By Andrew Green
JUBA (Reuters) - South Sudan accused Sudan's army on Friday of launching two separate attacks with planes and land troops on areas near their disputed border, in a new sign of friction between the former civil war foes.
Relations between the African neighbors hit a low when Sudan threatened last month to halt South Sudanese oil exports passing through the north unless Juba cut ties with rebels operating across the shared border. South Sudan denies any such links.
Both sides had agreed in March to set up a border buffer zone and resume cross-border oil flows in a bid to end hostilities after coming close to war in April 2012, in the worst violence since the South seceded two years ago.
The African Union is trying to defuse the oil showdown but mistrust remains deep between the neighbors, which fought one of Africa's oldest civil wars between 1983 and 2005.
South Sudan's army spokesman Philip Aguer said two Sudanese MiG warplanes had bombed military positions in the disputed Jau area on Wednesday, wounding four soldiers and two civilians.
He said Sudanese infantry troops had earlier that day pushed into Southern territory north of the Nile port of Renk in Upper Nile state, apparently to try to seize fertile land. South Sudan's army had repulsed the attack, Aguer added.
"This is a complete violation of all the agreements, mainly the security arrangements and the creation of a buffer zone," he said.
Sudan's military spokesman al-Sawarmi Khalid could not be immediately reached on Friday, a holiday in Sudan. Khartoum categorically denies attacking South Sudan but Reuters reporters have witnessed some attacks in the past.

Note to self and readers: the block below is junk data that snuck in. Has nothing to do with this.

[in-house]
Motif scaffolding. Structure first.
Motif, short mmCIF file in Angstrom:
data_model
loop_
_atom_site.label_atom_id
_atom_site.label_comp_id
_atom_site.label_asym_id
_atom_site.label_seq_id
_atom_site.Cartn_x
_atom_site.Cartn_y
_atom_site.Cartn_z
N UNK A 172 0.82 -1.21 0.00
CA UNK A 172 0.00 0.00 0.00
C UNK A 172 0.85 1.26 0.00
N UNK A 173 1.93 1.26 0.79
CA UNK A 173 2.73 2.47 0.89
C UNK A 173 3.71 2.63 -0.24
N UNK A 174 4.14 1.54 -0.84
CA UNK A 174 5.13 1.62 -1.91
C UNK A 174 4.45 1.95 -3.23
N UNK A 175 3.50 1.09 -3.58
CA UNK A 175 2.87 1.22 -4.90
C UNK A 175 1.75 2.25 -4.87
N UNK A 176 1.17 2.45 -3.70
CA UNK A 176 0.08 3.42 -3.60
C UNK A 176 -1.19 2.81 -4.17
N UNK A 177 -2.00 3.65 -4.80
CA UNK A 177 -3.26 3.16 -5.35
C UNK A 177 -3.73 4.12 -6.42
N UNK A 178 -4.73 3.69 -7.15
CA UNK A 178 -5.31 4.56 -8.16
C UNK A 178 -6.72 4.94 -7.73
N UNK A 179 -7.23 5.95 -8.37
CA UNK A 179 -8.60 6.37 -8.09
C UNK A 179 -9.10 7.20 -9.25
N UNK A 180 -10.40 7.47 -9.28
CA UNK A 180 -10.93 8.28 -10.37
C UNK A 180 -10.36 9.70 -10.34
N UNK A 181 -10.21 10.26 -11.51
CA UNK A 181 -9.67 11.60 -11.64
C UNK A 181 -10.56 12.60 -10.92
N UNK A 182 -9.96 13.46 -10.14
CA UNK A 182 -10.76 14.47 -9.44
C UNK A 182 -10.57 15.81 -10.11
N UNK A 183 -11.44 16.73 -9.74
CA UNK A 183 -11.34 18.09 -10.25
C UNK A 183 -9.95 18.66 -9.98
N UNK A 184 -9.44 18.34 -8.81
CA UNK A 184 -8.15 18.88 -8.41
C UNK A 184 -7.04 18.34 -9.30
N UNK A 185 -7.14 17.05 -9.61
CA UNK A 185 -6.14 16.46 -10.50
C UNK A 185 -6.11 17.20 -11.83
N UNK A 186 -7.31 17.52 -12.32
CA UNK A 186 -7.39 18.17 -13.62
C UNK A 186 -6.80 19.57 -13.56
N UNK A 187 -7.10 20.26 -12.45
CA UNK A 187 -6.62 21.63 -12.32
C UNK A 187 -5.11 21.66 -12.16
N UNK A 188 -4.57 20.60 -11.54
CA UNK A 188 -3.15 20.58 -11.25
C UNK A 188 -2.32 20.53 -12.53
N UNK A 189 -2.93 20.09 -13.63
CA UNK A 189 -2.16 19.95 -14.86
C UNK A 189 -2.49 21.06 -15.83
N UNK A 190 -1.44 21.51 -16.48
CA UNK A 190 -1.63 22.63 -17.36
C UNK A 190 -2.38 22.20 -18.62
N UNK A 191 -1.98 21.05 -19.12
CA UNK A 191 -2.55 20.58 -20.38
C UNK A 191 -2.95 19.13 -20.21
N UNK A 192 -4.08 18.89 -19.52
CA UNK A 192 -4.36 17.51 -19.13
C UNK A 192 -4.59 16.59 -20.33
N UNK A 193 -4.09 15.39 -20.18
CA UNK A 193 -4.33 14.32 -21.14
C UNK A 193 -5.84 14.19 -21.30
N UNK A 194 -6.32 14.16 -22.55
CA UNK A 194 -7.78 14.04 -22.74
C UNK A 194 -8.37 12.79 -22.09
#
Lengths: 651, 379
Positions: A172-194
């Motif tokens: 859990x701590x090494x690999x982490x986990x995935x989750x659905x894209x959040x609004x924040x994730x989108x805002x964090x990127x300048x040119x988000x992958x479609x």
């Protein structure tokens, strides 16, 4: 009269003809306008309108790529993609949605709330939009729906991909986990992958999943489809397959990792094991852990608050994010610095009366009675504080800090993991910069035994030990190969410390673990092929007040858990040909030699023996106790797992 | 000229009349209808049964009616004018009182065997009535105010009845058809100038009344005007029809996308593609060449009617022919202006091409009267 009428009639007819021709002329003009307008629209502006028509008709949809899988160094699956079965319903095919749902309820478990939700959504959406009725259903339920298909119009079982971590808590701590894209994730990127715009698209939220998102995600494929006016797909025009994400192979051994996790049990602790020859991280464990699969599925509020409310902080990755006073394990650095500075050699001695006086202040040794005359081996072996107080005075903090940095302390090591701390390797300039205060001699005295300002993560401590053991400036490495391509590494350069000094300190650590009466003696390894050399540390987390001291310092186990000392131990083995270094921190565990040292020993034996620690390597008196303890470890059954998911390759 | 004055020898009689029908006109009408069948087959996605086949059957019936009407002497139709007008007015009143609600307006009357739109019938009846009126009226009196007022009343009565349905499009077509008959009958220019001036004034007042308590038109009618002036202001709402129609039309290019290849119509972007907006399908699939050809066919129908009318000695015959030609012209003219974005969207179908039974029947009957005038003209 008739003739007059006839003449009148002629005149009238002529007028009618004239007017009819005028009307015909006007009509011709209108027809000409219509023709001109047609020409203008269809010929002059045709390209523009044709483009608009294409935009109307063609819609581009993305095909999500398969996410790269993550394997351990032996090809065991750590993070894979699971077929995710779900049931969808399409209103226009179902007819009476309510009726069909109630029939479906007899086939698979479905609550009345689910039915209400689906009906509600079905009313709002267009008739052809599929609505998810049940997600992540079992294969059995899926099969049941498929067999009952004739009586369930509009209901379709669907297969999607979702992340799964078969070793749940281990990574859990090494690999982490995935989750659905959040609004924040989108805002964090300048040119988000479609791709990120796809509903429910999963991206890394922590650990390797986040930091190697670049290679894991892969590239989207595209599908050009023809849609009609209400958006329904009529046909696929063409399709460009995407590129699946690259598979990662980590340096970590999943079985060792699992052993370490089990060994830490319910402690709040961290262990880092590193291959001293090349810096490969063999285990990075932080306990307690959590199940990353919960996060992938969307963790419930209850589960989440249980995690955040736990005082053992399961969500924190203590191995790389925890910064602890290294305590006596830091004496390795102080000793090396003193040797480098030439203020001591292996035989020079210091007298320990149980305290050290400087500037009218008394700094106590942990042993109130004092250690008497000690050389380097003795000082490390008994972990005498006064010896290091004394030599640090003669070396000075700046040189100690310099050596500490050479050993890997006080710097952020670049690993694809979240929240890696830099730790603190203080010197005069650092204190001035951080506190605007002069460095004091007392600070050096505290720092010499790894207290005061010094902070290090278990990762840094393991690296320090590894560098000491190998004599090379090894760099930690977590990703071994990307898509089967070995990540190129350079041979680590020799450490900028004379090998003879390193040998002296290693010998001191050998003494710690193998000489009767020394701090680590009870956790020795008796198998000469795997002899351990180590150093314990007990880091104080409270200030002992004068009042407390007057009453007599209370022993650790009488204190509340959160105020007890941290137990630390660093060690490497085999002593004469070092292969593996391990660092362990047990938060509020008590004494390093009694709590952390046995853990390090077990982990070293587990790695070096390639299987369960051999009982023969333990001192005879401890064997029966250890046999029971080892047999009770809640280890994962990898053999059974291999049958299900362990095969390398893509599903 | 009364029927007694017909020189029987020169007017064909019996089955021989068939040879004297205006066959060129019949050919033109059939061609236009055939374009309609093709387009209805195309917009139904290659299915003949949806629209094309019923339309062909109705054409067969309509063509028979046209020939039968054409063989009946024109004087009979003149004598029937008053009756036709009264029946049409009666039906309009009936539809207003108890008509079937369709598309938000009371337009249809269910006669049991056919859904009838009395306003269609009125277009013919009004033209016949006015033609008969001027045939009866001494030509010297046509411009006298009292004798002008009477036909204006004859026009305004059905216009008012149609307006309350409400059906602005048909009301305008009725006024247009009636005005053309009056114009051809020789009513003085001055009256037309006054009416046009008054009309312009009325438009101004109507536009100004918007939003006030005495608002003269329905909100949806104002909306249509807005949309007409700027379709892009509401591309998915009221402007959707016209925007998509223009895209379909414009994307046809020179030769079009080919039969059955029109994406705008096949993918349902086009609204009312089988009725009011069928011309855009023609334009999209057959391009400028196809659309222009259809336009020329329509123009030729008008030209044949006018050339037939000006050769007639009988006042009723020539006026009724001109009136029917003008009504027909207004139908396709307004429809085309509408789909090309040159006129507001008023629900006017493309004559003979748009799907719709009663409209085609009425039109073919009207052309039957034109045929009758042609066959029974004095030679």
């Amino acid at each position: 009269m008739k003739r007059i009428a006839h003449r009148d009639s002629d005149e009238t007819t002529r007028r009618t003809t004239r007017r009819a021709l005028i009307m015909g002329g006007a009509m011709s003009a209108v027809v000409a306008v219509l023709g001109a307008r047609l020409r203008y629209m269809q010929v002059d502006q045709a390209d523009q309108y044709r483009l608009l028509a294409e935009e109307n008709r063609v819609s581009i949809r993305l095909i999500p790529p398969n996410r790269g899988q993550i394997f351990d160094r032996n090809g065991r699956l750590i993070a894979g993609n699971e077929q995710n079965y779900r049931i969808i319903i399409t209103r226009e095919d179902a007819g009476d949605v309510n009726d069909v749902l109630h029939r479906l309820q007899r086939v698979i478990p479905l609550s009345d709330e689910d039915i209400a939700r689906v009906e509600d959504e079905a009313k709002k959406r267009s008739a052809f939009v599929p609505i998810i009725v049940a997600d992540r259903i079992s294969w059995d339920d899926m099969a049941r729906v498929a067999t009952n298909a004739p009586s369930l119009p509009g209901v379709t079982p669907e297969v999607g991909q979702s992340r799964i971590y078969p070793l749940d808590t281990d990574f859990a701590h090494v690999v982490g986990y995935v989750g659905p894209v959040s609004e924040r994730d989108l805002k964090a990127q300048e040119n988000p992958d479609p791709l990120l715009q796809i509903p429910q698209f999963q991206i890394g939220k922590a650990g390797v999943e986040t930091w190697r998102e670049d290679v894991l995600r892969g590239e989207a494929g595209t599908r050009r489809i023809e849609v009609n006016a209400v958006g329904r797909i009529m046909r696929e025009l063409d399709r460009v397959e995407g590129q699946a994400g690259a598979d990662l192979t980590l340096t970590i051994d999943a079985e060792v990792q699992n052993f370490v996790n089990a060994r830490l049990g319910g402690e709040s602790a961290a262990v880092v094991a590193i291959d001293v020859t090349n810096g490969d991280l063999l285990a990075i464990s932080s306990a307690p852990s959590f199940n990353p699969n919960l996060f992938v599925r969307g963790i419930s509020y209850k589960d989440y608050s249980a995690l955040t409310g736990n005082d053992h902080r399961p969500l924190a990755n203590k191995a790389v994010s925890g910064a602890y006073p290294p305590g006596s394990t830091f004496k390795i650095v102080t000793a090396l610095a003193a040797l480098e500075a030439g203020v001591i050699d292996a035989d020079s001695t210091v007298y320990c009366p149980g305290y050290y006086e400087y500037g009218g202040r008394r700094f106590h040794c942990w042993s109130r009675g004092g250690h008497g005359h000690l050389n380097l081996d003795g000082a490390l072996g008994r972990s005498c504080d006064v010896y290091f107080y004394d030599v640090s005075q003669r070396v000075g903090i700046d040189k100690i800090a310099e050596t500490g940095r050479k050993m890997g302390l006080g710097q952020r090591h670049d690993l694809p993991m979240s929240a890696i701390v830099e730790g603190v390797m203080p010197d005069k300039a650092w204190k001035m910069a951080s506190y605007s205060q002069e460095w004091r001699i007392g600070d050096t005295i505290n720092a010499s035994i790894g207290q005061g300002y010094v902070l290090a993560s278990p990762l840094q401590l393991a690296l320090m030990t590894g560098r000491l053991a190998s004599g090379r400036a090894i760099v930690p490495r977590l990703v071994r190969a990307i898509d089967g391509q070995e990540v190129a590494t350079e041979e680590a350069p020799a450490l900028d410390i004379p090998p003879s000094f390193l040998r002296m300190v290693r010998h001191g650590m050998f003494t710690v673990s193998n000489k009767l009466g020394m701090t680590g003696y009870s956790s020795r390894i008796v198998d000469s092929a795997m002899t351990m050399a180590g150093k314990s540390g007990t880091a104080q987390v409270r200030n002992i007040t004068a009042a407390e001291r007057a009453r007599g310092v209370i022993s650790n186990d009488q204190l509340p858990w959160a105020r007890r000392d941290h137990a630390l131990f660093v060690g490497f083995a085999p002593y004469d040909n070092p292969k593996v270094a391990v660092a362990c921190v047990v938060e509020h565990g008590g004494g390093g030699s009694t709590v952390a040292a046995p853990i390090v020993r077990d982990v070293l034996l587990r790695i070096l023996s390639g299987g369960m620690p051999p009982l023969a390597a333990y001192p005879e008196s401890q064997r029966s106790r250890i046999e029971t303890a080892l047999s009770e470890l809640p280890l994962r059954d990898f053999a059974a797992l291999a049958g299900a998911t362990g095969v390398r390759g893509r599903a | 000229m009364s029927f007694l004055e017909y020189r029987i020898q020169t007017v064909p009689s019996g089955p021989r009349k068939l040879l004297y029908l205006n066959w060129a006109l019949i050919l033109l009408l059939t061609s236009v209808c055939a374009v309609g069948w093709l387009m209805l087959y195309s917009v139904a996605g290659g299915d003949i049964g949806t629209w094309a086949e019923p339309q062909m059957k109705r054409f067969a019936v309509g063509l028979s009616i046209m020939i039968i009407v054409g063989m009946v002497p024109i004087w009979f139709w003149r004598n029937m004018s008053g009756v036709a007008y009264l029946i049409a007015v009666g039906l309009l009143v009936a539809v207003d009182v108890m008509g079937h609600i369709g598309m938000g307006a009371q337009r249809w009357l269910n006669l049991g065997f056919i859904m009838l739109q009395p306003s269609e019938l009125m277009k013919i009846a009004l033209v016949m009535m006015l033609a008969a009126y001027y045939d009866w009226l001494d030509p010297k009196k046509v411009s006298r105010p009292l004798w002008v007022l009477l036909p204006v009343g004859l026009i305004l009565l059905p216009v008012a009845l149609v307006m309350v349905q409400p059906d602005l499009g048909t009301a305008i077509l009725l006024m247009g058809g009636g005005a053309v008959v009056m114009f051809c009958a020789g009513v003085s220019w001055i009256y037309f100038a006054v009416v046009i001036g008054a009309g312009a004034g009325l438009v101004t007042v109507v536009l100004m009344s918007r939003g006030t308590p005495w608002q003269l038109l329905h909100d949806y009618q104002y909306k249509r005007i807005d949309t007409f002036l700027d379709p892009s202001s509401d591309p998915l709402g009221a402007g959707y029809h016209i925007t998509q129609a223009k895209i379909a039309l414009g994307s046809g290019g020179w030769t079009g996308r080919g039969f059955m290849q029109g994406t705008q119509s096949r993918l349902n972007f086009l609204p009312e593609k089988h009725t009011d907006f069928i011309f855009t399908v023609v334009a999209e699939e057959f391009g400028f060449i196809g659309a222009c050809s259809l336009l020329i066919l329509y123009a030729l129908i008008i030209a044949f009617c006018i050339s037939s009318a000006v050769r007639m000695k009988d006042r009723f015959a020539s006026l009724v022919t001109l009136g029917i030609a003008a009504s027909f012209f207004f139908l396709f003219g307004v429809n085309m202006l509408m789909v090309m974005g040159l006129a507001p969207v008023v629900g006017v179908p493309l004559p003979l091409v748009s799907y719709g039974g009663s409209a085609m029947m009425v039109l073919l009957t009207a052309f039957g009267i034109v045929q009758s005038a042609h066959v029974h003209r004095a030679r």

Aguer said South Sudan was not planning a counter-attack. "Our soldiers are on maximum alert to be on self-defense, but will not react to these provocations," he said.
Much of the almost 2,000 km (1,300 mile) border is disputed. Jau is a particular hot spot because Khartoum believes rebels use the area to cross the unmarked boundary to stage attacks inside Sudan and retreat afterwards into the South.
In September, the rival Sudans agreed to recognize administrative borders used by former colonial power Britain at independence in 1956 and to pull their armies back 10 km (6 miles). However, the exact position of this line is disputed.
Sudan has said it will close the two cross-border pipelines by August unless support for rebels stops. But analysts doubt it will happen because Sudan needs pipeline fees from the South to stabilize its battered economy.
(Writing by Ulf Laessing; Editing by Mark Trevelyan)